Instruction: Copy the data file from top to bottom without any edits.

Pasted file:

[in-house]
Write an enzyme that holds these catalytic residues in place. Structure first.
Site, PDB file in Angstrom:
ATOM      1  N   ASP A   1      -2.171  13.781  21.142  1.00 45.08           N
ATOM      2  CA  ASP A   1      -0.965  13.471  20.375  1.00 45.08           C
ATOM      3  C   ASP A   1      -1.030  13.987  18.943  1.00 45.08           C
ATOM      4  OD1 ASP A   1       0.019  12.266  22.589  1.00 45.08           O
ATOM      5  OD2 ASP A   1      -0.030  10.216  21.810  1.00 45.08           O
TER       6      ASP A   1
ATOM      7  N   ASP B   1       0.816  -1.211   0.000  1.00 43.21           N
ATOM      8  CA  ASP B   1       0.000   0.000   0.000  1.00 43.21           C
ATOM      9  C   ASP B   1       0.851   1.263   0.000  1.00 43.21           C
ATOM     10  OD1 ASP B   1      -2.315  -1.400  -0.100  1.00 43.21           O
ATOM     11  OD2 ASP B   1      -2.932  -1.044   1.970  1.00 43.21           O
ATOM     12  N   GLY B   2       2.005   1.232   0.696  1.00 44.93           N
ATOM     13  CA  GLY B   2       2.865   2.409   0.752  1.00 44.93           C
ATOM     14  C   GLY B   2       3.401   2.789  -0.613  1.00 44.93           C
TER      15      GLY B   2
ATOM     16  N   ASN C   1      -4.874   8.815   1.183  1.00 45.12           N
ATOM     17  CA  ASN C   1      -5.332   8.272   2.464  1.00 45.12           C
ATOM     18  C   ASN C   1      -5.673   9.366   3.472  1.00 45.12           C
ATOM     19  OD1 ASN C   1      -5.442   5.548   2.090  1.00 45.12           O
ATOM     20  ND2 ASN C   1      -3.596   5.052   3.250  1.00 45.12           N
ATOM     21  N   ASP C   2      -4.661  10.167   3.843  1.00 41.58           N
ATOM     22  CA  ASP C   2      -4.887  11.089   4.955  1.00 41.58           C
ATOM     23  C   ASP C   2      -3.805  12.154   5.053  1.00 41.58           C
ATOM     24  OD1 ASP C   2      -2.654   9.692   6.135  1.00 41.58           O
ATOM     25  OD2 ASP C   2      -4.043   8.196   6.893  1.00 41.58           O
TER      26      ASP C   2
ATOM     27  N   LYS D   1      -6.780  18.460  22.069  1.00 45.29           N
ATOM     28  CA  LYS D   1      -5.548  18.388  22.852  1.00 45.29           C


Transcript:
[in-house]
Write an enzyme that holds these catalytic residues in place. Structure first.
Site, PDB file in Angstrom:
ATOM      1  N   ASP A   1      -2.171  13.781  21.142  1.00 45.08           N
ATOM      2  CA  ASP A   1      -0.965  13.471  20.375  1.00 45.08           C
ATOM      3  C   ASP A   1      -1.030  13.987  18.943  1.00 45.08           C
ATOM      4  OD1 ASP A   1       0.019  12.266  22.589  1.00 45.08           O
ATOM      5  OD2 ASP A   1      -0.030  10.216  21.810  1.00 45.08           O
TER       6      ASP A   1
ATOM      7  N   ASP B   1       0.816  -1.211   0.000  1.00 43.21           N
ATOM      8  CA  ASP B   1       0.000   0.000   0.000  1.00 43.21           C
ATOM      9  C   ASP B   1       0.851   1.263   0.000  1.00 43.21           C
ATOM     10  OD1 ASP B   1      -2.315  -1.400  -0.100  1.00 43.21           O
ATOM     11  OD2 ASP B   1      -2.932  -1.044   1.970  1.00 43.21           O
ATOM     12  N   GLY B   2       2.005   1.232   0.696  1.00 44.93           N
ATOM     13  CA  GLY B   2       2.865   2.409   0.752  1.00 44.93           C
ATOM     14  C   GLY B   2       3.401   2.789  -0.613  1.00 44.93           C
TER      15      GLY B   2
ATOM     16  N   ASN C   1      -4.874   8.815   1.183  1.00 45.12           N
ATOM     17  CA  ASN C   1      -5.332   8.272   2.464  1.00 45.12           C
ATOM     18  C   ASN C   1      -5.673   9.366   3.472  1.00 45.12           C
ATOM     19  OD1 ASN C   1      -5.442   5.548   2.090  1.00 45.12           O
ATOM     20  ND2 ASN C   1      -3.596   5.052   3.250  1.00 45.12           N
ATOM     21  N   ASP C   2      -4.661  10.167   3.843  1.00 41.58           N
ATOM     22  CA  ASP C   2      -4.887  11.089   4.955  1.00 41.58           C
ATOM     23  C   ASP C   2      -3.805  12.154   5.053  1.00 41.58           C
ATOM     24  OD1 ASP C   2      -2.654   9.692   6.135  1.00 41.58           O
ATOM     25  OD2 ASP C   2      -4.043   8.196   6.893  1.00 41.58           O
TER      26      ASP C   2
ATOM     27  N   LYS D   1      -6.780  18.460  22.069  1.00 45.29           N
ATOM     28  CA  LYS D   1      -5.548  18.388  22.852  1.00 45.29           C